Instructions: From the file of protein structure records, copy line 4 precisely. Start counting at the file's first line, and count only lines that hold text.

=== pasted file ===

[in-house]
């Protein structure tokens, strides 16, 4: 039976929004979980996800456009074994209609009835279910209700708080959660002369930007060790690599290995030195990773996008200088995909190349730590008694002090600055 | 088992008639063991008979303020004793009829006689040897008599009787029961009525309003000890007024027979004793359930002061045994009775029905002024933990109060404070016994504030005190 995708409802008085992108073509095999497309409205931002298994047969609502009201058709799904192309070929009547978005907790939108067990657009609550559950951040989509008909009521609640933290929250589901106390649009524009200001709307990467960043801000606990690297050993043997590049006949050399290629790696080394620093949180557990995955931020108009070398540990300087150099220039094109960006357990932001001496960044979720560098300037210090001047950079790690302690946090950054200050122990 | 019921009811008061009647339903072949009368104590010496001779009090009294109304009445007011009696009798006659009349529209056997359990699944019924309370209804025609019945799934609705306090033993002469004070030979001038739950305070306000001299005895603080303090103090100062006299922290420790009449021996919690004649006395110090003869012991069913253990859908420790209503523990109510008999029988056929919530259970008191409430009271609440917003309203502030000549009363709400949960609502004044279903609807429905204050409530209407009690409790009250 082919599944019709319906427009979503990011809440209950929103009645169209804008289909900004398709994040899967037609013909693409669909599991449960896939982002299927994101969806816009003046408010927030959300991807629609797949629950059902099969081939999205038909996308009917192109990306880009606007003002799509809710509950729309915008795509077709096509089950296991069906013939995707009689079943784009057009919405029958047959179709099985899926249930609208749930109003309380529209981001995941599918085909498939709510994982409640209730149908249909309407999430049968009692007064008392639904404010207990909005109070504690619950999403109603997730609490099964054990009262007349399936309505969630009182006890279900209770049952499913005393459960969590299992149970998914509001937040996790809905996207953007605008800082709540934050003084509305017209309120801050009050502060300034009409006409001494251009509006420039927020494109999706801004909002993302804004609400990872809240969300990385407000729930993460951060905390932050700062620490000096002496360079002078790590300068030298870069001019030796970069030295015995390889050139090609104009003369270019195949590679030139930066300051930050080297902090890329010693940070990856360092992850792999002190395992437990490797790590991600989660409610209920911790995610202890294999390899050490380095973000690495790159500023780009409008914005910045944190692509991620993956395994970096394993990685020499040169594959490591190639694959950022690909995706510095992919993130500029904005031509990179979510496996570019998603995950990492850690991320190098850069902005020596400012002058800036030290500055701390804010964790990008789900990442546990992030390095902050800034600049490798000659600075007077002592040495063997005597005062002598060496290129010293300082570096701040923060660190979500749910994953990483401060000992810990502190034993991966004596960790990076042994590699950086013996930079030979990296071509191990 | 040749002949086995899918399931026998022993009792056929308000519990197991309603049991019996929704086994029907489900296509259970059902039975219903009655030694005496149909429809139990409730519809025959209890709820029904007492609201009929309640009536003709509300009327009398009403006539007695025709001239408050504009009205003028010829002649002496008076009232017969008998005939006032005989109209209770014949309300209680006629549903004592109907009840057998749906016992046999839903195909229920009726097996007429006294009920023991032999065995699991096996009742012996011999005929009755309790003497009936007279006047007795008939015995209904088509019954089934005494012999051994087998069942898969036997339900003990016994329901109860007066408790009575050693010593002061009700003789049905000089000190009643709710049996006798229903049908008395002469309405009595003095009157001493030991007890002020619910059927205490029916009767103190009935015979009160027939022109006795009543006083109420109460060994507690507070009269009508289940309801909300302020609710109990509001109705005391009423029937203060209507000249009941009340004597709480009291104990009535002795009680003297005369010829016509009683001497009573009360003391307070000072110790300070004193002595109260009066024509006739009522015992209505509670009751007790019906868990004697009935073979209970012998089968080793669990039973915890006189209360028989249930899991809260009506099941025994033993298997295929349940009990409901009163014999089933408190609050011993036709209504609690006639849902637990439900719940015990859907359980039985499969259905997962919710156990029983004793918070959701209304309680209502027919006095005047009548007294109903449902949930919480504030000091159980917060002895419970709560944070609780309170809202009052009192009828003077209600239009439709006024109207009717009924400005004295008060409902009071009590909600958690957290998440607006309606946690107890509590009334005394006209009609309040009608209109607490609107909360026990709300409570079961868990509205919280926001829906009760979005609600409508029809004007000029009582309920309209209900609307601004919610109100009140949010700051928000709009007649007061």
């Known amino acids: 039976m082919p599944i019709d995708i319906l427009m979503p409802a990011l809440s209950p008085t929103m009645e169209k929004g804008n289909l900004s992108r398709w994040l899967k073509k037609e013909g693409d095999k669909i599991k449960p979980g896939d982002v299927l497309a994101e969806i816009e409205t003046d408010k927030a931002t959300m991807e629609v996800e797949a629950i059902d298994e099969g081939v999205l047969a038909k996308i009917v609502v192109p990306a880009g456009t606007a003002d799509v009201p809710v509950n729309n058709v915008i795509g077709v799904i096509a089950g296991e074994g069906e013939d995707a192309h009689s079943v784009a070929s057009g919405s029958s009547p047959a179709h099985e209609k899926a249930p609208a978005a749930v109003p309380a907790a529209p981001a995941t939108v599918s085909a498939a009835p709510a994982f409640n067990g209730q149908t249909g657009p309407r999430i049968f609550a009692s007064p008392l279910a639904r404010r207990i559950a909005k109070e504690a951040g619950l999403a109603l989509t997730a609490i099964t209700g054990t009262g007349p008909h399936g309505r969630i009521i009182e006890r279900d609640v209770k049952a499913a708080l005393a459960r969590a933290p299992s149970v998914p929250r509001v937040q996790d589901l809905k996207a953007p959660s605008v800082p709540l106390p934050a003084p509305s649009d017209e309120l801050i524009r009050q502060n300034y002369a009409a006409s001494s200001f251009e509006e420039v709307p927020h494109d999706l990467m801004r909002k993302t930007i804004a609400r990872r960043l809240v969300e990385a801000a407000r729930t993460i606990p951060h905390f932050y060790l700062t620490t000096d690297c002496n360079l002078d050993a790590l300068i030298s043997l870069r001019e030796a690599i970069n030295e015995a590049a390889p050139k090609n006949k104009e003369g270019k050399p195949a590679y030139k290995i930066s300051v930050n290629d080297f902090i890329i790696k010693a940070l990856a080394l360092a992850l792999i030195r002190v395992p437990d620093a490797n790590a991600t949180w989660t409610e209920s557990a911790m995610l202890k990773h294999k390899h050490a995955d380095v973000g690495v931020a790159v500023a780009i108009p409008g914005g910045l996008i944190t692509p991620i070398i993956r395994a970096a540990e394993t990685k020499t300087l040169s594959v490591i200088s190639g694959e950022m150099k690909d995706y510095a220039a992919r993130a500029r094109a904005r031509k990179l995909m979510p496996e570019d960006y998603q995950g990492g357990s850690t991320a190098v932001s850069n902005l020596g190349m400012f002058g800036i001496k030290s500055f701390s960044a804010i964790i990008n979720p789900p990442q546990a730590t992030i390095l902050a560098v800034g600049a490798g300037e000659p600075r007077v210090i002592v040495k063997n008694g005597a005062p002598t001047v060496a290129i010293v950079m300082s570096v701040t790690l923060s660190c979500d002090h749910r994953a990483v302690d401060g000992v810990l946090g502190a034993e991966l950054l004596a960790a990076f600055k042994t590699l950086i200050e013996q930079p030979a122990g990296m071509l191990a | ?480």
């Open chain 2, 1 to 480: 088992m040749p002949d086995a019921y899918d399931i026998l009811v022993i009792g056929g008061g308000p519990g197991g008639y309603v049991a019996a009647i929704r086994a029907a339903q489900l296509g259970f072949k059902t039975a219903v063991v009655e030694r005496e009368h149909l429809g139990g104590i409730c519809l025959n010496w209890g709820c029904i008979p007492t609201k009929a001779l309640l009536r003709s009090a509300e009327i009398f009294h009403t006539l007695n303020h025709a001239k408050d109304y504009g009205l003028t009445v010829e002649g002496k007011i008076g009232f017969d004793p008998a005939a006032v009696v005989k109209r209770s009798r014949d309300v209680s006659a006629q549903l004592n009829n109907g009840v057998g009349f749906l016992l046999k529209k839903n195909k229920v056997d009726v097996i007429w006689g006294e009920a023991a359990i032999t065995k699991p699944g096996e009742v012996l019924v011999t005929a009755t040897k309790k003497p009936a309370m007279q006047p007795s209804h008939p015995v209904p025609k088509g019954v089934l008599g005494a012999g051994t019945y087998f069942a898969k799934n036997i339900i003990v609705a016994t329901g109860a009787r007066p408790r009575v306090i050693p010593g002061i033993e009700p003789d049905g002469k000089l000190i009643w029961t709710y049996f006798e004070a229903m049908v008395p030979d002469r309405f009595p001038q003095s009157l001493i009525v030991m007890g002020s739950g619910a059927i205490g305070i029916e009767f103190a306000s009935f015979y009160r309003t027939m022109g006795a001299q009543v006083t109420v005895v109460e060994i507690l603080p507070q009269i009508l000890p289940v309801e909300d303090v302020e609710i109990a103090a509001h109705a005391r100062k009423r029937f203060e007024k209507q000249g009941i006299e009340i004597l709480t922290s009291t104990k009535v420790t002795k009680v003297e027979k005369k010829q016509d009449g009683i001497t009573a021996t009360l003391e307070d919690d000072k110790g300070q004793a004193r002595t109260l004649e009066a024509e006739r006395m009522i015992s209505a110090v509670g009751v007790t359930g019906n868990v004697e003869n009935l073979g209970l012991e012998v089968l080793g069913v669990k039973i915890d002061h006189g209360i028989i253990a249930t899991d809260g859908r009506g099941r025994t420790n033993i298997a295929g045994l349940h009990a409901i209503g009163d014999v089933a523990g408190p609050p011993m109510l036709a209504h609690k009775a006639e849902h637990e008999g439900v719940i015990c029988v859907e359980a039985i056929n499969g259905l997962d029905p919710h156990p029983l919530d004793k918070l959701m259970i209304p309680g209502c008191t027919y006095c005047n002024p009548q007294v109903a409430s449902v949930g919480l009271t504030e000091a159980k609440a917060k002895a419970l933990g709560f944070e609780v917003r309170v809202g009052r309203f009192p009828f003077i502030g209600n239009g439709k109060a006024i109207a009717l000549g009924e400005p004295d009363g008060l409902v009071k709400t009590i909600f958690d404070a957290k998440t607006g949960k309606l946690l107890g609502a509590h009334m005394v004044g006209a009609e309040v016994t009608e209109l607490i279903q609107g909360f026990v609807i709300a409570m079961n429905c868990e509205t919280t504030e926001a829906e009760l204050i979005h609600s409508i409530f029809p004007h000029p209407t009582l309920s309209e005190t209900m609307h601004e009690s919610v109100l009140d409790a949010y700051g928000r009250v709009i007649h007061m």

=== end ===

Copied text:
């Open chain 2, 1 to 480: 088992m040749p002949d086995a019921y899918d399931i026998l009811v022993i009792g056929g008061g308000p519990g197991g008639y309603v049991a019996a009647i929704r086994a029907a339903q489900l296509g259970f072949k059902t039975a219903v063991v009655e030694r005496e009368h149909l429809g139990g104590i409730c519809l025959n010496w209890g709820c029904i008979p007492t609201k009929a001779l309640l009536r003709s009090a509300e009327i009398f009294h009403t006539l007695n303020h025709a001239k408050d109304y504009g009205l003028t009445v010829e002649g002496k007011i008076g009232f017969d004793p008998a005939a006032v009696v005989k109209r209770s009798r014949d309300v209680s006659a006629q549903l004592n009829n109907g009840v057998g009349f749906l016992l046999k529209k839903n195909k229920v056997d009726v097996i007429w006689g006294e009920a023991a359990i032999t065995k699991p699944g096996e009742v012996l019924v011999t005929a009755t040897k309790k003497p009936a309370m007279q006047p007795s209804h008939p015995v209904p025609k088509g019954v089934l008599g005494a012999g051994t019945y087998f069942a898969k799934n036997i339900i003990v609705a016994t329901g109860a009787r007066p408790r009575v306090i050693p010593g002061i033993e009700p003789d049905g002469k000089l000190i009643w029961t709710y049996f006798e004070a229903m049908v008395p030979d002469r309405f009595p001038q003095s009157l001493i009525v030991m007890g002020s739950g619910a059927i205490g305070i029916e009767f103190a306000s009935f015979y009160r309003t027939m022109g006795a001299q009543v006083t109420v005895v109460e060994i507690l603080p507070q009269i009508l000890p289940v309801e909300d303090v302020e609710i109990a103090a509001h109705a005391r100062k009423r029937f203060e007024k209507q000249g009941i006299e009340i004597l709480t922290s009291t104990k009535v420790t002795k009680v003297e027979k005369k010829q016509d009449g009683i001497t009573a021996t009360l003391e307070d919690d000072k110790g300070q004793a004193r002595t109260l004649e009066a024509e006739r006395m009522i015992s209505a110090v509670g009751v007790t359930g019906n868990v004697e003869n009935l073979g209970l012991e012998v089968l080793g069913v669990k039973i915890d002061h006189g209360i028989i253990a249930t899991d809260g859908r009506g099941r025994t420790n033993i298997a295929g045994l349940h009990a409901i209503g009163d014999v089933a523990g408190p609050p011993m109510l036709a209504h609690k009775a006639e849902h637990e008999g439900v719940i015990c029988v859907e359980a039985i056929n499969g259905l997962d029905p919710h156990p029983l919530d004793k918070l959701m259970i209304p309680g209502c008191t027919y006095c005047n002024p009548q007294v109903a409430s449902v949930g919480l009271t504030e000091a159980k609440a917060k002895a419970l933990g709560f944070e609780v917003r309170v809202g009052r309203f009192p009828f003077i502030g209600n239009g439709k109060a006024i109207a009717l000549g009924e400005p004295d009363g008060l409902v009071k709400t009590i909600f958690d404070a957290k998440t607006g949960k309606l946690l107890g609502a509590h009334m005394v004044g006209a009609e309040v016994t009608e209109l607490i279903q609107g909360f026990v609807i709300a409570m079961n429905c868990e509205t919280t504030e926001a829906e009760l204050i979005h609600s409508i409530f029809p004007h000029p209407t009582l309920s309209e005190t209900m609307h601004e009690s919610v109100l009140d409790a949010y700051g928000r009250v709009i007649h007061m």